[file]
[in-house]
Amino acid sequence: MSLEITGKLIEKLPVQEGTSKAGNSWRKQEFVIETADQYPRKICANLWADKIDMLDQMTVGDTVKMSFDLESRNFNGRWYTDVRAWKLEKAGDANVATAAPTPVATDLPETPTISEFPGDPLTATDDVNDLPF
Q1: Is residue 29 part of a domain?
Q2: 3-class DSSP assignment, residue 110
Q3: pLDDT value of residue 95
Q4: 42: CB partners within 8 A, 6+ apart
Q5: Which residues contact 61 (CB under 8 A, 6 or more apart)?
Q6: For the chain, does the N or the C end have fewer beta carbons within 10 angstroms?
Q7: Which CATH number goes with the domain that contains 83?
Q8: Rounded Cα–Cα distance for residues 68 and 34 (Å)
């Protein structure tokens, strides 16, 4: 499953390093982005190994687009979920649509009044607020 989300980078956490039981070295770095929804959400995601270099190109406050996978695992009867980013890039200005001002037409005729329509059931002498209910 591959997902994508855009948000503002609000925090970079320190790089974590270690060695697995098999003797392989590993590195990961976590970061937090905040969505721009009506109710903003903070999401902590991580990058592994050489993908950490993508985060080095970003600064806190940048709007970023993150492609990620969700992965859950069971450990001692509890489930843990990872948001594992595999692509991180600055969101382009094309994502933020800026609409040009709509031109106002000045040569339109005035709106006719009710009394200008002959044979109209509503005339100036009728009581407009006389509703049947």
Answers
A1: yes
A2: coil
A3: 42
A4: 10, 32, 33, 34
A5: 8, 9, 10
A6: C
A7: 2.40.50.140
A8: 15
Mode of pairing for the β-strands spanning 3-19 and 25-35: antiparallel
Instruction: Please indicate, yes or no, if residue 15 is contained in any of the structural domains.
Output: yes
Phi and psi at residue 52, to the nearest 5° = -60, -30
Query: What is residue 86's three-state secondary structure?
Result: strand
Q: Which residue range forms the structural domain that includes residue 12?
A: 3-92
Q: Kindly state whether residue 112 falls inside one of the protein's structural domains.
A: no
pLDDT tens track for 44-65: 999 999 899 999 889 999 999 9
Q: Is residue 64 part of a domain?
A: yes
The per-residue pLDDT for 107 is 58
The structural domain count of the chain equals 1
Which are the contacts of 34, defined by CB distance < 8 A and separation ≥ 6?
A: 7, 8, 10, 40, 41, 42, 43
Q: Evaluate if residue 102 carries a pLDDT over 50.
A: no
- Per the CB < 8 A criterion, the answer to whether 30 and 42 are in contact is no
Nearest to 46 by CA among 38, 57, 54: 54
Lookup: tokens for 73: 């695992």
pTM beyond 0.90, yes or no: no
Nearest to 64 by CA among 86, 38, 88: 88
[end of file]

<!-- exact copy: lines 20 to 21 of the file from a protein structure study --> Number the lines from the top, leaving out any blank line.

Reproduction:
A8: 15
Mode of pairing for the β-strands spanning 3-19 and 25-35: antiparallel